Then, when you take a break – around 5 minutes – you allow your working memory to return to full capacity.

At the same time, your brain gets to wander because it’s not having to focus intently on something, and this allows it to connect the new information you learned with the information you already know.

It helps synthesize your new learning with your existing learning, allowing you to improve at what you were trying to do.

Moreover, by chunking your learning down, you’re also keeping your dopamine levels up.

Rather than expecting to complete a huge task – like learning the whole piano piece in one go – your brain expects to complete a smaller task – like learning a bar – and therefore, more frequently enjoys that feeling of accomplishment when you get it right.

This in turn keeps you driven and motivated to keep learning and moving through the whole piece, despite the mistakes you might make along the way!

4. Give Yourself a Strong Enough “Why”

5 Ways to Learn Anything Faster

You might not have the same access to plasticity as you did when you were a kid, but here’s a fun fact – you can rapidly speed up your access to plasticity when you have a strong enough “Why”.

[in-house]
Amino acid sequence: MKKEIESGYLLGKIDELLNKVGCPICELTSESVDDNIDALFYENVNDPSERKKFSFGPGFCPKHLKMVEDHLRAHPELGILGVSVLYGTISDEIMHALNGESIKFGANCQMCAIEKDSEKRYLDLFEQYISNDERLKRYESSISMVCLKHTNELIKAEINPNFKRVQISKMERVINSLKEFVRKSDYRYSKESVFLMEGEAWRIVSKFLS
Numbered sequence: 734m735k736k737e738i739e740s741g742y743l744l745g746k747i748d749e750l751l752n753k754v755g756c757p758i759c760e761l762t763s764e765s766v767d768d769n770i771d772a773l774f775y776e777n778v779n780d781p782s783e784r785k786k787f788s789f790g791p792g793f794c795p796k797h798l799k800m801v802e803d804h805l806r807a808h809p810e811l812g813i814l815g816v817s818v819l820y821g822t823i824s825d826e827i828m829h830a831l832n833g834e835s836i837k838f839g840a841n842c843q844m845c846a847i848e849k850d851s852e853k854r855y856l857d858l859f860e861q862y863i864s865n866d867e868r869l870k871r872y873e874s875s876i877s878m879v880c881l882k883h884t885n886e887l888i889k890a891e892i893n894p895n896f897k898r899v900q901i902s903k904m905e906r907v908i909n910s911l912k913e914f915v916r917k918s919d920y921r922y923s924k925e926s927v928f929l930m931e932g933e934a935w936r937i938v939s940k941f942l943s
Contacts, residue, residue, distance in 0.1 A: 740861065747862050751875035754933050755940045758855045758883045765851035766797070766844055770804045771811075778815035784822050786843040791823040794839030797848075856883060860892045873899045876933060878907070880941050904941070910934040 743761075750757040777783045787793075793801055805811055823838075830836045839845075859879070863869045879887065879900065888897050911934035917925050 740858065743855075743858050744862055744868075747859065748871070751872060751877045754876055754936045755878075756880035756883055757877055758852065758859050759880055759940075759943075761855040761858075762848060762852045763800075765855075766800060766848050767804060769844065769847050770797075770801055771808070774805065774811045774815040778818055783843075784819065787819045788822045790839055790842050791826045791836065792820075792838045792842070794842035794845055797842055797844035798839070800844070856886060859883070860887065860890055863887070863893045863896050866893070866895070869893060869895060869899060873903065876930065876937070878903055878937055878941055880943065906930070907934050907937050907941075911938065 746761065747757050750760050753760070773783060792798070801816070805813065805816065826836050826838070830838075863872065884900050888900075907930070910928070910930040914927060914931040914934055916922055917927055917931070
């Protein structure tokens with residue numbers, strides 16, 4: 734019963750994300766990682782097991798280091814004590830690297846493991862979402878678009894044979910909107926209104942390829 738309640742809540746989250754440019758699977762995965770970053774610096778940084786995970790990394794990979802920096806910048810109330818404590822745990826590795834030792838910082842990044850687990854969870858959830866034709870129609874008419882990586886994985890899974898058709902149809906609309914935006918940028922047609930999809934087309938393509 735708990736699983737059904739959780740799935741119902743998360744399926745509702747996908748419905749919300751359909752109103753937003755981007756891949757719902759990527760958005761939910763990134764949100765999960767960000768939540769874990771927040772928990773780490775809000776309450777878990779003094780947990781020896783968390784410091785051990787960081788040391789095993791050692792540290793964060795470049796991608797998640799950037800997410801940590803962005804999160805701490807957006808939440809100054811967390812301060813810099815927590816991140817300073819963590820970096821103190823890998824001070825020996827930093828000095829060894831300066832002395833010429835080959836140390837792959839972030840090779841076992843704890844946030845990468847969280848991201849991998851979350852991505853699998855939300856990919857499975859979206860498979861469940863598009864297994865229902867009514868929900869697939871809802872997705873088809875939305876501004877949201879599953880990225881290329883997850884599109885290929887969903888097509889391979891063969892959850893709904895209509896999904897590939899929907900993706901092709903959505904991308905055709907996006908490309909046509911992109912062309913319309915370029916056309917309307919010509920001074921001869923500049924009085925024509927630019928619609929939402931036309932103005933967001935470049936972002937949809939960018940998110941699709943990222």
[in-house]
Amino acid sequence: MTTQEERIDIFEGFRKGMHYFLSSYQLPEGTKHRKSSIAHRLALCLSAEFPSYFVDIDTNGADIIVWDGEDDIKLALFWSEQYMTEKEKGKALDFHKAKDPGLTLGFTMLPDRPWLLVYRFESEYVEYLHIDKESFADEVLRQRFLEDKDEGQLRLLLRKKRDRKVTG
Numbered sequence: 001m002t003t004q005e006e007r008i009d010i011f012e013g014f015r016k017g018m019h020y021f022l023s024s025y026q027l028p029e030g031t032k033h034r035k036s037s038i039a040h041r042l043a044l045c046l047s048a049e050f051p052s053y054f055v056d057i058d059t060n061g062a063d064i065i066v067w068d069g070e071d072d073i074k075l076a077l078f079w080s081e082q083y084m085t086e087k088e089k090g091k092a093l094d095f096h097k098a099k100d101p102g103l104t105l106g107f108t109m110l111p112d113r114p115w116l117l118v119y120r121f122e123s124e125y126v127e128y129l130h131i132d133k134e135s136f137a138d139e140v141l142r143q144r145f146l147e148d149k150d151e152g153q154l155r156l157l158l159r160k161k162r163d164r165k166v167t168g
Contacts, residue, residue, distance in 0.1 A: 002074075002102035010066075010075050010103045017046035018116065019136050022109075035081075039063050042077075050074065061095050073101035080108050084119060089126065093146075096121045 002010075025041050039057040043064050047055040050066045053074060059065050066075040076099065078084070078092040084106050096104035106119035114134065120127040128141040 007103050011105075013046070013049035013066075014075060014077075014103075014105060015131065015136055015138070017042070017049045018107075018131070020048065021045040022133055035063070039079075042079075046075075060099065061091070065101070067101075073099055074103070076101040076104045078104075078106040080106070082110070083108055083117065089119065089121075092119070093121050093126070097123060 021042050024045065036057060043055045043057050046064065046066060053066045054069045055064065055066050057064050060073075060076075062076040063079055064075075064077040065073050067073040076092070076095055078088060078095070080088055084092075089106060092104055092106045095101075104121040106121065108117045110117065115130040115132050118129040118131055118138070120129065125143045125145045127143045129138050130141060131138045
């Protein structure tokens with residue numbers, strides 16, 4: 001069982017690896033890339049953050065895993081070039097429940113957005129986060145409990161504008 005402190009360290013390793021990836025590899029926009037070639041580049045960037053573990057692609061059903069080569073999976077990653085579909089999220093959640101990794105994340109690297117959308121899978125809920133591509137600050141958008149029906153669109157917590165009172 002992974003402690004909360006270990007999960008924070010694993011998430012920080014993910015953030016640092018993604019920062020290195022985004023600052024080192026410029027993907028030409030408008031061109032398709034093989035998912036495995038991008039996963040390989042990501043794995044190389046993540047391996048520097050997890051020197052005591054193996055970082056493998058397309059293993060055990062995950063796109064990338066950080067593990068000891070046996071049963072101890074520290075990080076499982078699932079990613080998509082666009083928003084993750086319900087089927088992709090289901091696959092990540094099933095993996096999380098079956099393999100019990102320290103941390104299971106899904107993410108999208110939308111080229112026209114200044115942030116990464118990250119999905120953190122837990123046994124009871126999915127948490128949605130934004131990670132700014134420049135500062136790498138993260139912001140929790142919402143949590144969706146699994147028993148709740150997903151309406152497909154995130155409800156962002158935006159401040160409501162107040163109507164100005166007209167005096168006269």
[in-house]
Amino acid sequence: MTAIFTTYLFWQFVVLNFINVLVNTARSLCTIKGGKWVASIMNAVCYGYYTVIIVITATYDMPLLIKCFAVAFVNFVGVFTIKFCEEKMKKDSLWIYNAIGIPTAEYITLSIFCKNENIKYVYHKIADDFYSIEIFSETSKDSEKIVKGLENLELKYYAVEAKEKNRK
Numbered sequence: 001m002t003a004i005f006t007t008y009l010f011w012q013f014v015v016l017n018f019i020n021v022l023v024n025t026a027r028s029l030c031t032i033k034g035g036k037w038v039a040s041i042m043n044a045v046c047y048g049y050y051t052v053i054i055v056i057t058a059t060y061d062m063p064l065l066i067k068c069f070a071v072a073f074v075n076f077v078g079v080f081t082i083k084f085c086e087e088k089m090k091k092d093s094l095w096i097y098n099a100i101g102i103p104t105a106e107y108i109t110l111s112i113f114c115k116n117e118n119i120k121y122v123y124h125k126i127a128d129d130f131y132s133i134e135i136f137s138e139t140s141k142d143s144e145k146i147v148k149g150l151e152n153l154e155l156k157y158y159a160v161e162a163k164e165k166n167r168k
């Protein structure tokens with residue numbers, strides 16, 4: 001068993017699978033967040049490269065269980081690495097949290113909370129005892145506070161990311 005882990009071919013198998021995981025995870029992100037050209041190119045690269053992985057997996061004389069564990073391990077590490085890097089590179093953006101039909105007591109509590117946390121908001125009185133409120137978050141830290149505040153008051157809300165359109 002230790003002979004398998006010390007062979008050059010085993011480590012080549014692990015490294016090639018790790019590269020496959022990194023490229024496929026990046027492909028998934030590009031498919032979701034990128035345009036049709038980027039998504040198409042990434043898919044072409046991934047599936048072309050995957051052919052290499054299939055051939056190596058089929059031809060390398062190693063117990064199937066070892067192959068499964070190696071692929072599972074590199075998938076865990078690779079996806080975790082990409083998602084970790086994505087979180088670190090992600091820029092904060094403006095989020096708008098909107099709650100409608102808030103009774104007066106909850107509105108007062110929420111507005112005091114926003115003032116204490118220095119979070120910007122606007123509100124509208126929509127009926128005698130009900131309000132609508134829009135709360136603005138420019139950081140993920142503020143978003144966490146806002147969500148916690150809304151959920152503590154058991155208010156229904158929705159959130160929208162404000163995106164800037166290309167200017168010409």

What does this mean?

Okay, think about it like this – have you ever completed what felt like a seemingly impossible deadline for work or for school at the last possible minute, pushing past all the obstacles in your way?

Most likely, you had a very strong incentive to get it done – you might have failed the class entirely if you didn’t or might have lost your job or the opportunity at a promotion.

Ask yourself whether you’d have been this motivated if, for example, meeting that deadline wouldn’t affect your grades, or if the work project wouldn’t make a difference to your KPI or career goals.

Probably not, right?

Your “Why” for learning something new is so important. You can practice something over and over, but if you don’t have a strong incentive to learn it, chances are your progress is going to be slow.

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When you have a strong enough “Why”, your brain creates that sense of urgency, with your adrenaline, acetylcholine and dopamine working in tandem to help you learn something much, much faster.

So, before you take on some new learning, ask yourself why you want to learn it – give yourself a strong motive. The stronger your “Why” the greater your ability to expand your neuroplasticity!

5. Physically Challenge Yourself in New, Safe Ways